Thursday, 15 June 2017

Food Irrigated With Fracking Water May Require Labels In California

A new bill proposed in California would require all produceirrigated withfracking wastewaterto come withwarning labels.

The bill, which Assemblyman Mike Gatto (D)introduced on Monday, would require any crops grown with water that had previously been injected into rock formations to free oil and gas reserves and sold to consumers in the state to be labeled. The warning would read, "Produced using recycled or treated Sprinkler System oil-field wastewater."

"Consumers have a basic right to make informed decisions when it comes to the type of food that ends Sprinkler System Installation Richardson up on the family dinner table," Gatto said in a press release from his office. "Labeling food that has been irrigated with potentially harmful or carcinogenic chemicals, such as those in recycled fracking water, is the right thing to do."

Federal officials, environmentalists and the petroleum industry remain intensely divided on how safe fracking, or hydraulic fracturing, is. Debates over fracking largely revolve around whether the practice contaminates nearby groundwater, but an increase in farmers hydrating their crops with treated, previously injected water purchased from oil companies has aroused new concern.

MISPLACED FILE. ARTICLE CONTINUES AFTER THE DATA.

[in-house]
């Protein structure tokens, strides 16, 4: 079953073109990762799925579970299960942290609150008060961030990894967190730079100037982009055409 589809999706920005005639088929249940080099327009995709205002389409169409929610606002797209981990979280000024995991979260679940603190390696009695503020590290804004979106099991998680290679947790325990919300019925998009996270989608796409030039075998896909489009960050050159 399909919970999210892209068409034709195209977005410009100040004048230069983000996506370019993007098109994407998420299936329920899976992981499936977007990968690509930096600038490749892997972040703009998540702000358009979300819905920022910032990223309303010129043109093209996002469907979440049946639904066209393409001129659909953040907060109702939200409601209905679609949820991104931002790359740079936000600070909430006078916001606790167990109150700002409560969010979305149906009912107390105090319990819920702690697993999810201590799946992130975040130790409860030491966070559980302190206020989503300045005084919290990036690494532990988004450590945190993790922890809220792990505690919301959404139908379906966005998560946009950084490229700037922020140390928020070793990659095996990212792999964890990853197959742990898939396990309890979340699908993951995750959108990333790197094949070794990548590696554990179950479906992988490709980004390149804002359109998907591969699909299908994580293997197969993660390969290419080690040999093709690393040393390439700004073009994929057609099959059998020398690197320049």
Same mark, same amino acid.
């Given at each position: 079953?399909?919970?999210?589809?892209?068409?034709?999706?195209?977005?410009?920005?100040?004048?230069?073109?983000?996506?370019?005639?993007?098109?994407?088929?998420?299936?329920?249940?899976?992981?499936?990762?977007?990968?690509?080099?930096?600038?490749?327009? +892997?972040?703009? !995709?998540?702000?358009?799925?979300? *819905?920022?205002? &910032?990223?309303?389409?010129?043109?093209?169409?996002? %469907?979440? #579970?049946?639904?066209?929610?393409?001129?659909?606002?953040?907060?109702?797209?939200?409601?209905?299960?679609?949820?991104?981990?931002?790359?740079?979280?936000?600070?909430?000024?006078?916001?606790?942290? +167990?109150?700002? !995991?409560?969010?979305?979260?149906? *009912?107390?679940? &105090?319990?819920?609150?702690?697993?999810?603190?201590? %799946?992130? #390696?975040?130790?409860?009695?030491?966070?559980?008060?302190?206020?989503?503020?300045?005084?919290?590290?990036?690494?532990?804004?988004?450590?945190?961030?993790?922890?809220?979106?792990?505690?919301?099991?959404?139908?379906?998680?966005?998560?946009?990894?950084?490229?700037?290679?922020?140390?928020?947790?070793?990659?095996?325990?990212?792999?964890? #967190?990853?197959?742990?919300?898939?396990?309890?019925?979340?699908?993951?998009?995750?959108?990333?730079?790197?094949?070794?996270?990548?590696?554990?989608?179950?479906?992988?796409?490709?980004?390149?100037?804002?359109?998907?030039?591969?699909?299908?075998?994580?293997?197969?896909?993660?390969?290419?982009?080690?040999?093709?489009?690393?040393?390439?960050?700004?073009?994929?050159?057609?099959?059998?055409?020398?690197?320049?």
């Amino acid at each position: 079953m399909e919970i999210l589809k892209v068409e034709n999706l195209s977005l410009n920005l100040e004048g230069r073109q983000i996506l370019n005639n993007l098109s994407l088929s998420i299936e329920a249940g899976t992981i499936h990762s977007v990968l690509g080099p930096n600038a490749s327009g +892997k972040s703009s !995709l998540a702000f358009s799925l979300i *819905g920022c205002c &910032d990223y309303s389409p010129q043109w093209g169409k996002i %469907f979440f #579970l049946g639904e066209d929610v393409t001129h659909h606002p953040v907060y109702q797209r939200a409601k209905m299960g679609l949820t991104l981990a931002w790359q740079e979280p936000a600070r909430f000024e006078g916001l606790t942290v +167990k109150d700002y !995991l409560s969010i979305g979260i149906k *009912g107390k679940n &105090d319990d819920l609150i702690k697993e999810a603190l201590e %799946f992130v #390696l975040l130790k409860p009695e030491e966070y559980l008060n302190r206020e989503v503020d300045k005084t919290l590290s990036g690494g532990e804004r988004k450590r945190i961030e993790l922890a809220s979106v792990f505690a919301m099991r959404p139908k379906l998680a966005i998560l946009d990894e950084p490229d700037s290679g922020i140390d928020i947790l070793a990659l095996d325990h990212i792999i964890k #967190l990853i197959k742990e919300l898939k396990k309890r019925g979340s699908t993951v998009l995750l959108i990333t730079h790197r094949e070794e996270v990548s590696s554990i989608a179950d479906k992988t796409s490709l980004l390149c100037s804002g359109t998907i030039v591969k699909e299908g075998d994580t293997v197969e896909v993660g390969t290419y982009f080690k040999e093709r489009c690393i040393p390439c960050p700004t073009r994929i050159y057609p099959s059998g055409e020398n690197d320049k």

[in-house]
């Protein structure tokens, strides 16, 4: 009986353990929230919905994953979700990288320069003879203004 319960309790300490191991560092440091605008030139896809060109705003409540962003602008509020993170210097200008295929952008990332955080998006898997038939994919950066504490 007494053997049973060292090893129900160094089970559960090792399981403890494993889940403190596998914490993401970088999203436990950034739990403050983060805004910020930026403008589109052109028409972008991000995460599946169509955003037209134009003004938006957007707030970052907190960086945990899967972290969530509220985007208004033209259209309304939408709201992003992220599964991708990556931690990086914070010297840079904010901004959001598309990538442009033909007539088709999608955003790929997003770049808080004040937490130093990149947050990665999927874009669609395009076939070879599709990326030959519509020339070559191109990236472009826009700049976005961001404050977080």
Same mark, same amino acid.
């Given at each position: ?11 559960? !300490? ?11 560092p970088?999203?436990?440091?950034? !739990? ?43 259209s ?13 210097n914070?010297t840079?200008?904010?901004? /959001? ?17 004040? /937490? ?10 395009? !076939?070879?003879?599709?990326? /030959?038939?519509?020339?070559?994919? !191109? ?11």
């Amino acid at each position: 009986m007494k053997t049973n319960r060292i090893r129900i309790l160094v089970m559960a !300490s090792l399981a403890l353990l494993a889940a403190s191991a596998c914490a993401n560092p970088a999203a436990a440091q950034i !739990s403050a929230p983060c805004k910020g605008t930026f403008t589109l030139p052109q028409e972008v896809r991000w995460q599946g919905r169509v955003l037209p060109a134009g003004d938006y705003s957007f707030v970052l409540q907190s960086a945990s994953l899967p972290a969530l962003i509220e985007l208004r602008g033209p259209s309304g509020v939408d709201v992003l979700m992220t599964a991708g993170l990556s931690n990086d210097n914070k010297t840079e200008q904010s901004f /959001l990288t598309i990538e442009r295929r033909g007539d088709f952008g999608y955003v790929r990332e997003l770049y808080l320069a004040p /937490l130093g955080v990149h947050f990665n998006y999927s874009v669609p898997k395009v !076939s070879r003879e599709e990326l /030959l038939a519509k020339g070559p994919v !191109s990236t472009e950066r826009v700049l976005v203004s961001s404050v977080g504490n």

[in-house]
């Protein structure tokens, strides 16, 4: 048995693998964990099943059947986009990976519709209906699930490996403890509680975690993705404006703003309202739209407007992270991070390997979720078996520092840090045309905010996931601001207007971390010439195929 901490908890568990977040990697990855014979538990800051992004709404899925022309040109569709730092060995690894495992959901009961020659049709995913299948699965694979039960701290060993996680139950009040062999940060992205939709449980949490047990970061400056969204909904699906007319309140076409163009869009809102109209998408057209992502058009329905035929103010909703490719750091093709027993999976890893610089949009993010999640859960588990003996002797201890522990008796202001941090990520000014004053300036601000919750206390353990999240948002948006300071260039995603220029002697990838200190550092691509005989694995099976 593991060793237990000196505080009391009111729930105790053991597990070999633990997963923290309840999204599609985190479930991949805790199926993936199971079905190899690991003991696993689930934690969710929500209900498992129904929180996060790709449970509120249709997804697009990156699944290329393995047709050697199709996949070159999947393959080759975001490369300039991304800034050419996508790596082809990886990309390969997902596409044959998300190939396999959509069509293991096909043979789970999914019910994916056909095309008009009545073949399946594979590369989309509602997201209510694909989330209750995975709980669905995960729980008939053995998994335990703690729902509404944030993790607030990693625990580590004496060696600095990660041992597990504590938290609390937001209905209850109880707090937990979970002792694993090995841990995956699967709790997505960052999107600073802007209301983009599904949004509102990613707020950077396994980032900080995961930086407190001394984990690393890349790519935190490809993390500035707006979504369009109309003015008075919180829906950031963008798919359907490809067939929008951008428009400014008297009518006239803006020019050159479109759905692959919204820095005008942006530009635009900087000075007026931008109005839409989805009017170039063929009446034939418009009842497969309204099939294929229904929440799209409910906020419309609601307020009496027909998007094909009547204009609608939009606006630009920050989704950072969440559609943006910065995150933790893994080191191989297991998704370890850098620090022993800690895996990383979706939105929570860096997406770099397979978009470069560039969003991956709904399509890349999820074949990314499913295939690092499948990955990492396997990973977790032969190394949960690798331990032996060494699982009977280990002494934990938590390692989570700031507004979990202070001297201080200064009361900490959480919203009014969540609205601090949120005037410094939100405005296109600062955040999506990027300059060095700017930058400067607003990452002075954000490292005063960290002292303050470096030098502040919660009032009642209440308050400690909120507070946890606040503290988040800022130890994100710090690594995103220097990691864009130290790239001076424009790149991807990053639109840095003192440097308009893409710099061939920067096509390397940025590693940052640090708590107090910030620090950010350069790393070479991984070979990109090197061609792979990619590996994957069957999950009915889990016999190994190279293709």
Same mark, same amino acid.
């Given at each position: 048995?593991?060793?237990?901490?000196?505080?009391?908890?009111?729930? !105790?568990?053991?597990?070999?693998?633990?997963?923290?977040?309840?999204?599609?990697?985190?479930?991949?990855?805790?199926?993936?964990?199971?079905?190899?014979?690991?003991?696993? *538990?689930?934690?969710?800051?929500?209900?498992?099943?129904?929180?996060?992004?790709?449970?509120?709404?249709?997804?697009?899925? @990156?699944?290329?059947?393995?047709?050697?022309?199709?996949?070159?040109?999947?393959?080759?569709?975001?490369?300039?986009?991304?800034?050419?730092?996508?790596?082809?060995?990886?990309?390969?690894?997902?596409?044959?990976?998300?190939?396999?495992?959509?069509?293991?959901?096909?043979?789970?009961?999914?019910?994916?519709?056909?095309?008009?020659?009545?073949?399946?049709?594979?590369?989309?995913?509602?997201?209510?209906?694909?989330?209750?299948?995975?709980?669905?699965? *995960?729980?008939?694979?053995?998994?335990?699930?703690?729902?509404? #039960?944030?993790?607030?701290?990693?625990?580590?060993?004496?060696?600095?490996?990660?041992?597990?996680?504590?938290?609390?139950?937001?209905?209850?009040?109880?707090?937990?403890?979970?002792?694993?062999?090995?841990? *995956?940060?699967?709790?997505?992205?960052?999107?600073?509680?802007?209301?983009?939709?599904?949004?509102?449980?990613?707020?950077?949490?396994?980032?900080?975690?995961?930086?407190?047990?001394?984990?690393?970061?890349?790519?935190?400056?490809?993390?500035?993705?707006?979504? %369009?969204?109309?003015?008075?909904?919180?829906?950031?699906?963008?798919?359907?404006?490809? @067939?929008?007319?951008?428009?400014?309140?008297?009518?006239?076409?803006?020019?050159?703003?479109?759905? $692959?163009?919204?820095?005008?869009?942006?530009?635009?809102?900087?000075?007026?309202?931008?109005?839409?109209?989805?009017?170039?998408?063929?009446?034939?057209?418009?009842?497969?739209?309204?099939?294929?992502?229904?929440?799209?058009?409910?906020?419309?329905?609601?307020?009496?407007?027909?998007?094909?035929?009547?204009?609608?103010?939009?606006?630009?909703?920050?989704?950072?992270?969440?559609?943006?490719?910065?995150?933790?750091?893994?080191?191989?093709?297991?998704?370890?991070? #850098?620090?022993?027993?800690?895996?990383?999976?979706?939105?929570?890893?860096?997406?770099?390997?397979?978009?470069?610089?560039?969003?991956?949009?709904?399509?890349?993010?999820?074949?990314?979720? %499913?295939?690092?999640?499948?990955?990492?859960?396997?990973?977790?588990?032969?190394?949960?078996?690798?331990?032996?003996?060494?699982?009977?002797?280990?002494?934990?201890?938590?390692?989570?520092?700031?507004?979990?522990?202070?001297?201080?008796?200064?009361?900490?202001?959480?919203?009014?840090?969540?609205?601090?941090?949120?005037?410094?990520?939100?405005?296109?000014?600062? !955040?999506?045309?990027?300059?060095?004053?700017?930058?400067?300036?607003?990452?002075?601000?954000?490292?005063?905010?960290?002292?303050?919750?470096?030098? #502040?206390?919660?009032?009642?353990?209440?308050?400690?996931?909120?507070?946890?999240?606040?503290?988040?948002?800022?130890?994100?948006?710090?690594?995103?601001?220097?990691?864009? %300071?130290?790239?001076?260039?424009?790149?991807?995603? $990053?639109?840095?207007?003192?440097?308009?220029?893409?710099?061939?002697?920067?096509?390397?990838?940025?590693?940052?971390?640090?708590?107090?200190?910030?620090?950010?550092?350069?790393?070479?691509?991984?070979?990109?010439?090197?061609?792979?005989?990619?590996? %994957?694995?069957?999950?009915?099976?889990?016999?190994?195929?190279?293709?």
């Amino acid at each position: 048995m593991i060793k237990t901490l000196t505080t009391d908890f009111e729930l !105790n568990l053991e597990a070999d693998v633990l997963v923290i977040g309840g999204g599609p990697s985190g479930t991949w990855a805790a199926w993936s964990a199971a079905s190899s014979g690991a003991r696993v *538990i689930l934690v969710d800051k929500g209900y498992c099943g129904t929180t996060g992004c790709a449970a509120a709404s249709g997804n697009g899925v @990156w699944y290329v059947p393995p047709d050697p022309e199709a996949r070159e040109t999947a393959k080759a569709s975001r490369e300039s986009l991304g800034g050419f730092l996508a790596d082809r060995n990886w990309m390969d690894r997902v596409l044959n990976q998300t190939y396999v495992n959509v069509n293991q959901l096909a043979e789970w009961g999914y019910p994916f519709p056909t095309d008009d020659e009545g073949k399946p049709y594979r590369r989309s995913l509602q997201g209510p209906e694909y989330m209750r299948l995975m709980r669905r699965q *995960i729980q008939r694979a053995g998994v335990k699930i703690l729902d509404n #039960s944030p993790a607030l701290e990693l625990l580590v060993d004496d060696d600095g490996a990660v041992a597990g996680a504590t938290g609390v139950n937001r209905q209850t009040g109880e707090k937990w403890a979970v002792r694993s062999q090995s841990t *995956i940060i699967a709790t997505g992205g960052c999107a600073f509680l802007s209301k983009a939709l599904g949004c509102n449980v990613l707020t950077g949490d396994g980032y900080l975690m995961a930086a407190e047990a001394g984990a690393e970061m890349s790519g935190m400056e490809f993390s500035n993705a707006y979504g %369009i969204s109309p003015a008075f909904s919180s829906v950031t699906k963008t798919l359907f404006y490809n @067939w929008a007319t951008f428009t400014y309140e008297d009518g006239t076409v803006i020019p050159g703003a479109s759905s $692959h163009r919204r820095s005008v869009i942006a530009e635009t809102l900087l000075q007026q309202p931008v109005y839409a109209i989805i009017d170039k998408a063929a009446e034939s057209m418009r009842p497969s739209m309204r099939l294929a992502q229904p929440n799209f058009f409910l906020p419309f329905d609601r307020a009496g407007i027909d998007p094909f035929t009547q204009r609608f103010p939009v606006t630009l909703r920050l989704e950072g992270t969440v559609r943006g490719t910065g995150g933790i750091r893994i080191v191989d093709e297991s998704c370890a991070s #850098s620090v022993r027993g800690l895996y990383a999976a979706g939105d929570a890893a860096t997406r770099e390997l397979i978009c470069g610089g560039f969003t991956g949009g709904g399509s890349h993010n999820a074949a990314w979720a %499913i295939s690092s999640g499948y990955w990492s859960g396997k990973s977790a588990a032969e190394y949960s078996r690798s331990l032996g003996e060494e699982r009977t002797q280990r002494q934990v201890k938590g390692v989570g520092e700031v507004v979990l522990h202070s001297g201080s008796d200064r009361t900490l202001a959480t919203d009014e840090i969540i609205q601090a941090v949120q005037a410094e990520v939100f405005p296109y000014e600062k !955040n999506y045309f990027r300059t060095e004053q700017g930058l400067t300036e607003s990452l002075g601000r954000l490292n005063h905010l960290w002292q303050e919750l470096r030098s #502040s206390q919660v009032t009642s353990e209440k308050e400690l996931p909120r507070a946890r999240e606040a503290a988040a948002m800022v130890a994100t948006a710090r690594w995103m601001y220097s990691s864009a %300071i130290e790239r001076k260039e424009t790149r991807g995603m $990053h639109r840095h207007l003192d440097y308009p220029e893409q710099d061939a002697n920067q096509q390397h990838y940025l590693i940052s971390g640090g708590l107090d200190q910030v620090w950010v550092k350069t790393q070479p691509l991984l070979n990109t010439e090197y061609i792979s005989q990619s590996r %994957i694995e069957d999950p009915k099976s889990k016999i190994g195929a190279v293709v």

Areport released last month by the California Council on Science and Technology did not discover strong evidence of dangerous chemicals in the recycled water -- but it also found that state regulators did not have an adequate testing process and that there was"not any control in place to prevent [contamination] from happening."

It's a risk Gatto believes people should be informed of.

"No one expects their lettuce to contain heavy chemicals from fr acking wastewater," he said. "Studies show a high possibility that recycled oil-field wastewater may still contain dangerous chemicals, even after treatment."

Least Environmental Senators

Least Environmental Senators

2012 LCV Scorecard: Lowest Scores In The Senate

The following 17 senators all scored under 10 in the League of Conservation Voters' 2012 National Environmental Scorecard.

The senators' scores are based on 14 votes on bills related to offshore drilling, Gulf restoration, oil subsidies, power plant air pollution and other environmental topics.

While over a dozen senators received fewer than 10 points, 37 senators received over 90 points on LCV's 100-point scale.

(Photo by Alex Wong/Getty Images)

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